I’m reading so much these days that I’ll be blogging twice a week now that it’s 2019!
This installment: a tender, elegiac novel (f); a small town and a rich man (f); dad did it but where is he? (f); a South Dakota mismatch (f); is that merman real? (f); and a cozy novel set in a library (f).
Tin Man by Sarah Winman
Ellis works in a paint shop. His wife Annie has died, his mother Dora died when he was 14, and his childhood friend Michael has been gone from his life for years. An accident gets him off work for a spell and he ends up revisiting Southern France where he, Annie, and Michael had a delicious idyll long ago. Michael, gay, had died of AIDS. Lots of mortality, lots of reflection, and lots of coming to terms with the tender, fleeting love between Ellis and Michael way back then. Winman employs a subtle delicacy to describe deep feelings without drama. Elegiac and surprisingly sweet.
The Locals by Jonathan Dee
A small town in Massachusetts isn’t doing well and neither is our protagonist, Mark. He’s lost money trying to flip houses and is feeling increasingly desperate. A very rich man, Phil, brings his family here after 9/11 to the country estate Mark has been renovating and, frustrated with ineffective local government, becomes a Selectman and ends up bankrolling projects he thinks would improve things. But there’s a dark side to such apparent benevolence, a local swell of resistance, and eventually Phil gets bored and decamps, pulling out support and leaving the locals relieved on one hand and deep in the red on the other. A cautionary tale indeed.
A Double Life by Flynn Berry
Claire (a pseudonym) is haunted by grisly family history. When she was 12 her father may have slain their au pair and beaten their mother severely, then disappeared. Under a new name, in a new location, she’s a physician, always worried about her younger brother Robbie who has addiction issues. And doing everything she can to find out where her father ended up. Class plays a big part; mom was a waitress, dad was very upper crust, and they cover up for their own. She manages to track him down with very determined sleuthing and there’s one hell of an ending. Based loosely on an old, unsolved true crime. Suspense galore.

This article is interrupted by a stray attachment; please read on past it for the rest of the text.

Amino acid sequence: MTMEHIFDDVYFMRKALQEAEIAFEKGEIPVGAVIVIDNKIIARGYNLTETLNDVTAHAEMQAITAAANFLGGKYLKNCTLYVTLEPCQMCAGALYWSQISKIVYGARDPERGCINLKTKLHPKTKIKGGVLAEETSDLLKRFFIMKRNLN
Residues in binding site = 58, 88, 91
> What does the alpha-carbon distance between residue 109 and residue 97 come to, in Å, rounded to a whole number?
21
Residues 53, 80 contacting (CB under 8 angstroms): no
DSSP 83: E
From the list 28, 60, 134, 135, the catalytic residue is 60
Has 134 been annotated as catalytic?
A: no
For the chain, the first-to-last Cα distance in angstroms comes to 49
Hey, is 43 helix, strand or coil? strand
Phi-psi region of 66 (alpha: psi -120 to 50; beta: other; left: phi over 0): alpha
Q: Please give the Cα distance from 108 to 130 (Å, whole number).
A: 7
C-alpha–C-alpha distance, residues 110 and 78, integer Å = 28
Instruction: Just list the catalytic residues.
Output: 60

The Distance Home by Paula Saunders
South Dakota, stark, with its own wild beauty. Here’s a family sprung from a mismatch. Dad is a traveling cattle broker who favors his daughter Rene but holds her brother Leon in contempt. Both kids dance and their mother ends up running the local dance studio. Leon turns to alcohol and goes down the tubes. Rene rebels and eventually splits. How first love can go astray, and how to get through the pain of messed-up loyalties—or not. Moving and engrossing.
The Pisces by Melissa Broder
This is one weird book, and it takes a lot for me to say that. But it got me in its spell so I’m sharing it here. Lucy, stalled on her graduate thesis on Sappho, taking a break from her long term, less than satisfying lover, accepts her sister’s invitation to house sit in Venice, CA and take care of their beloved diabetic dog and hopefully put her life together. She’s also supposed to attend group therapy for sex and love addiction. But Lucy is pretty self-destructive and ends up making a hash of everything. There’s someone she meets at the beach, however, who might be the lover of her dreams. Is he really a merman, or a figment of her dark imagination and suicidal yearnings? Steamy scenes, sharp satire about the dating game and California mores, and intriguing references to mythology. Dark dream material, for sure.
Summer Hours at the Robbers Library by Sue Halpern
A cozy book featuring the kind of misfits I feel very at home with. Kit decamped to a small New Hampshire town, bought a big old house, and got a job at the library (founded by the Rober family but the local nickname stuck). Sunny, 15, is court-ordered to work there for the summer; she tried to steal a dictionary from a bookstore. Her parents are hippies with a dark history we gradually learn. A group of four old gents are library regulars, and a mysterious new guy comes to town and becomes a fixture there too. Stand-offish Kit gradually thaws, mysteries are revealed, and happy ending at last, as befits the genre.
Back next Monday.